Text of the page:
Our New Brief on Parallel Construction

In a recent House Judiciary Committee hearing, “Oversight of the Federal Bureau of Investigation,” Rep. Tom McClintock asked FBI Director Christopher Wray a simple question: “Can you describe the term parallel construction as it relates to evidence produced in FISA searches?” Wray avoided the question altogether:

“Parallel construction? I’m not sure I’ve used the term before…I’m just not sure about the use of the term.”

McClintock pried further and asked, “Has the FBI ever employed that particular tactic in prosecuting American citizens?” Wray lied in reply, saying, “Not to my knowledge.”

Our latest brief is dedicated to explaining what parallel construction is and the harm it poses to our Fourth Amendment liberties.

Parallel construction, also referred to as “alternative construction,” occurs when law enforcement officials use an illegal method or technology, which they intend to hide, to search for criminal activity. They cover their tracks by later using a legal way to access the same or similar evidence. The act of concealing illegal surveillance methods by instead using subsequent legally acquired evidence to launch an investigation is called parallel construction or “evidence laundering” because, like money laundering, it involves converting illegal evidence into legal evidence.

Intelligence and law enforcement officials employ parallel construction to shield the surveillance programs they abuse from judicial or public scrutiny. These programs include Executive Order 12333, FISA Section 702, and Data Analytical Services.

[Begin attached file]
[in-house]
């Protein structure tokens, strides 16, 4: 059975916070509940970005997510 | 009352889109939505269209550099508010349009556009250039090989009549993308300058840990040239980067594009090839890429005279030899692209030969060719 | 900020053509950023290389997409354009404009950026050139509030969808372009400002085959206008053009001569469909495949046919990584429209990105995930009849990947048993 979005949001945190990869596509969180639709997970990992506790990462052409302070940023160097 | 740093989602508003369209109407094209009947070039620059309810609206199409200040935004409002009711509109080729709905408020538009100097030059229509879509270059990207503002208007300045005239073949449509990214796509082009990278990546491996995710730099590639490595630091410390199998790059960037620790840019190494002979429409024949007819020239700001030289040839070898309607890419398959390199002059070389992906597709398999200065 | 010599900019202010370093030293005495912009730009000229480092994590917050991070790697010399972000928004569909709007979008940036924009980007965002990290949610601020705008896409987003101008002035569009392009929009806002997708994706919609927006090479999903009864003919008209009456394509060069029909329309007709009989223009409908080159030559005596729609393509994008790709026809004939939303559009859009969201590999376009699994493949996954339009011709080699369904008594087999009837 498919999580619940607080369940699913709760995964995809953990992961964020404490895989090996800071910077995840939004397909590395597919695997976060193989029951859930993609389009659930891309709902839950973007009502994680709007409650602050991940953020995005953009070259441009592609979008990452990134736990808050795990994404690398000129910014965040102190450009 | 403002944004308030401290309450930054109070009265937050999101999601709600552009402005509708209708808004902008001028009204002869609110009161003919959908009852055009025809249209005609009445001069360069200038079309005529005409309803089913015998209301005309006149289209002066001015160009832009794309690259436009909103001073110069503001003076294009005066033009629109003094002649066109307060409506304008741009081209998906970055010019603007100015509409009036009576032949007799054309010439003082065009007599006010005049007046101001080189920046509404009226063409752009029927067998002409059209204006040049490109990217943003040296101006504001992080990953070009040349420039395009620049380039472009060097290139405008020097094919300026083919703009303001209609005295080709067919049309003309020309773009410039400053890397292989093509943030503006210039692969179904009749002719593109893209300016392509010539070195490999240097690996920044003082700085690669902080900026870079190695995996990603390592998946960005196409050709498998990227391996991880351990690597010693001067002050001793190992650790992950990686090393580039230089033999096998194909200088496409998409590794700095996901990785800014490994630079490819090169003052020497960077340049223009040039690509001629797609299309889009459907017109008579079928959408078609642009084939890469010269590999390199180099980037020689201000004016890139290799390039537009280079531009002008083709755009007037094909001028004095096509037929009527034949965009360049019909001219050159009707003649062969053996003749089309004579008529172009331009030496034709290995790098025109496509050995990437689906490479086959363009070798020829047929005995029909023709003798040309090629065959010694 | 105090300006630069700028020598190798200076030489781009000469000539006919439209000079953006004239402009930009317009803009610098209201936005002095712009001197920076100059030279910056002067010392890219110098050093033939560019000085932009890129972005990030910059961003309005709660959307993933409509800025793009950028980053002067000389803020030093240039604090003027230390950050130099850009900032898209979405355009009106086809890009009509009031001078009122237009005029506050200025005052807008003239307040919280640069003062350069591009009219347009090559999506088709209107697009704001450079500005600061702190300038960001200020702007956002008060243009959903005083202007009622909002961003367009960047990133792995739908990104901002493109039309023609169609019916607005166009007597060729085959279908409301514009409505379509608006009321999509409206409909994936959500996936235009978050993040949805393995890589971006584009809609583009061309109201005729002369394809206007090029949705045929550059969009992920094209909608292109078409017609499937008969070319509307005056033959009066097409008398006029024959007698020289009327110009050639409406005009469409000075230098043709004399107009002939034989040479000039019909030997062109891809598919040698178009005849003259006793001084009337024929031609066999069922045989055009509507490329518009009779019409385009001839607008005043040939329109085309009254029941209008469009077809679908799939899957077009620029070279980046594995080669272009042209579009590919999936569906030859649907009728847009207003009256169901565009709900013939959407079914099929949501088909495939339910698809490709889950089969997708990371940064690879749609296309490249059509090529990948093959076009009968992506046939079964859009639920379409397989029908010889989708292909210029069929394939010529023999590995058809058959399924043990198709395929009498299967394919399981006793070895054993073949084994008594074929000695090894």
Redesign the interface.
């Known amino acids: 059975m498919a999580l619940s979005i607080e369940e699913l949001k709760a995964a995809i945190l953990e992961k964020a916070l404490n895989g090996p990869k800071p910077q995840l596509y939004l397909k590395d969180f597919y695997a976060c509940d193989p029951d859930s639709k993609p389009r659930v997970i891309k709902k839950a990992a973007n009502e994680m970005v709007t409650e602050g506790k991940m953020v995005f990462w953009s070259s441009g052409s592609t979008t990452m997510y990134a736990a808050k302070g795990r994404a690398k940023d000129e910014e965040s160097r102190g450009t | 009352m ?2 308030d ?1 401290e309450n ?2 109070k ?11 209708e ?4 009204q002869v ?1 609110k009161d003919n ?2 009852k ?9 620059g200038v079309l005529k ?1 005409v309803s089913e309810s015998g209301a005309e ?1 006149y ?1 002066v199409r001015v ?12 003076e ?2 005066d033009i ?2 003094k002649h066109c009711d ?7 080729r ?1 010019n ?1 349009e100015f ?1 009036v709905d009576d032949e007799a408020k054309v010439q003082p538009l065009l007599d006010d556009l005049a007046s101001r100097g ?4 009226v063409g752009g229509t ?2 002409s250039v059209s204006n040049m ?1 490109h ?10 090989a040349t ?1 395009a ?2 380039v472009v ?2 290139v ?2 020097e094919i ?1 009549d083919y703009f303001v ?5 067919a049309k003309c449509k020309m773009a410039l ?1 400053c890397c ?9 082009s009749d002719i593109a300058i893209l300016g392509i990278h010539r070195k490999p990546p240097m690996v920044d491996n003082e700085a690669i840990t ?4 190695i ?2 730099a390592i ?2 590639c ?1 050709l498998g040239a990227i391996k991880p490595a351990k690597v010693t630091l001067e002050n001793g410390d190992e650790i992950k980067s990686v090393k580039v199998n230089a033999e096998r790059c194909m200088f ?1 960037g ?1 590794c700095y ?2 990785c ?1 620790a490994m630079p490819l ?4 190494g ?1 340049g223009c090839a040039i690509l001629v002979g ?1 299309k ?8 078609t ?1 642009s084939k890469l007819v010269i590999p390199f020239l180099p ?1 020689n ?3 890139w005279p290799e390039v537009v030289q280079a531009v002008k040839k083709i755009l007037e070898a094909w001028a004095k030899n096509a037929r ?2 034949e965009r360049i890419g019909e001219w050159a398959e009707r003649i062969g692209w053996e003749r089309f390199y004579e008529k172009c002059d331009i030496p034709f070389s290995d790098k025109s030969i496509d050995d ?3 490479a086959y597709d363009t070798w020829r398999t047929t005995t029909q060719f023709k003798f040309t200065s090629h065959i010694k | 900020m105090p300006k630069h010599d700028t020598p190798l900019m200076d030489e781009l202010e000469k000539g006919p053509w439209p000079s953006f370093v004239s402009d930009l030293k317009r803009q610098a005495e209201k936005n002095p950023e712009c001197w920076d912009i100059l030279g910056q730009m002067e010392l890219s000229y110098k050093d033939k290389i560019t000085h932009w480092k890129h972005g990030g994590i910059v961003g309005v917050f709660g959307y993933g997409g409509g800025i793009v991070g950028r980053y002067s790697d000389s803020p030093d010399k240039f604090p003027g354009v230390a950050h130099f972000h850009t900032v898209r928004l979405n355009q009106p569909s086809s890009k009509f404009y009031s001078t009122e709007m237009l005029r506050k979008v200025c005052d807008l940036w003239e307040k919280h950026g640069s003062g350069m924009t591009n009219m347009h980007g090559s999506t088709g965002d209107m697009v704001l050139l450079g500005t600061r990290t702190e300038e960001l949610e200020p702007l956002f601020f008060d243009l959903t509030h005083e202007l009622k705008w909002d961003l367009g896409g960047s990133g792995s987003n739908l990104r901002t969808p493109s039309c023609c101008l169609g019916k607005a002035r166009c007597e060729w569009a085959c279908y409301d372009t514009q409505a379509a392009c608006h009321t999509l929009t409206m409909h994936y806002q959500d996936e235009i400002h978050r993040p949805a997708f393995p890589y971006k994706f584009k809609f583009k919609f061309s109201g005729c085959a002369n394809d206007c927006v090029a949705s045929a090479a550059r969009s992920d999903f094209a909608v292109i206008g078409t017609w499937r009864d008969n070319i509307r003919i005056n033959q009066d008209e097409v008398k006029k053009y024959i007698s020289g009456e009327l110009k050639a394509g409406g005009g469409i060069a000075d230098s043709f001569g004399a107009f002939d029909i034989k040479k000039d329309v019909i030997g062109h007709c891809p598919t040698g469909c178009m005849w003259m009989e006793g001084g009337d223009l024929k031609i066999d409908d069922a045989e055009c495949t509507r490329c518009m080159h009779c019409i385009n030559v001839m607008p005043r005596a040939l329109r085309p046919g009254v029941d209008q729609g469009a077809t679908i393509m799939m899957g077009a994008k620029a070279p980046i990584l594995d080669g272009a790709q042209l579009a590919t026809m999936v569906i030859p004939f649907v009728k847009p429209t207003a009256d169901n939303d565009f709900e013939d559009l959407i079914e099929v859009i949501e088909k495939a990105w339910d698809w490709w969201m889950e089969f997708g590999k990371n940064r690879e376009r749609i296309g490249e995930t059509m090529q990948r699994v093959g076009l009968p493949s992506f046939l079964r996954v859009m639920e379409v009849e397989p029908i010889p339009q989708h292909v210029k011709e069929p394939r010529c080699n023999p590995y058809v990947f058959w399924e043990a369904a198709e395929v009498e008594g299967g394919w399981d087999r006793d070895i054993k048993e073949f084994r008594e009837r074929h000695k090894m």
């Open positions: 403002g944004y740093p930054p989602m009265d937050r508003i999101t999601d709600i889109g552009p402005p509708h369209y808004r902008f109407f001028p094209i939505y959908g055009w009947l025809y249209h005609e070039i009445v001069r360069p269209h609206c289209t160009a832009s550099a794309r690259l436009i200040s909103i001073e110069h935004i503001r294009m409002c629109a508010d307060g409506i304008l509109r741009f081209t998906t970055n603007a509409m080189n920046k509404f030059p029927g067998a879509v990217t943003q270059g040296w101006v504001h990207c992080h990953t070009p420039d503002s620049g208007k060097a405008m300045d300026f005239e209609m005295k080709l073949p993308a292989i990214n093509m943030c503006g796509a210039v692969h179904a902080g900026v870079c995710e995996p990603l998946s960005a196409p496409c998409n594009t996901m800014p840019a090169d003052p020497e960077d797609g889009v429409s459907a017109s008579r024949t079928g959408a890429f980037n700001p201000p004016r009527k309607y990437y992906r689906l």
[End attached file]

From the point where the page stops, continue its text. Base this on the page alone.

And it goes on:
Parallel construction is a relatively new revelation about the abuses of the surveillance state. Restore The Fourth’s issue brief on the topic comes at a crucial time, when FISA Section 702 renewal hangs in the balance between reform and reauthorization prior to its expiration in April 2024.

Our issue brief is the first to analyze current federal policy proposals as they relate to parallel construction. We provide a comprehensive analysis of both the Government Surveillance Reform Act (GSRA) and the Protect Liberty and End Warrantless Surveillance Act (PLEWSA), both of which contain provisions aimed at stopping parallel construction.

Our issue brief also provides a Fourth Amendment based legal analysis of parallel construction. We draw on current legal scholarship and case law to build an concise and legible argument for why parallel construction is corrosive to our civil liberties. We hope our brief illuminates the deepest abuses of the surveillance state, and galvanizes our activists across the country to take action.

You can read our parallel construction issue in full here.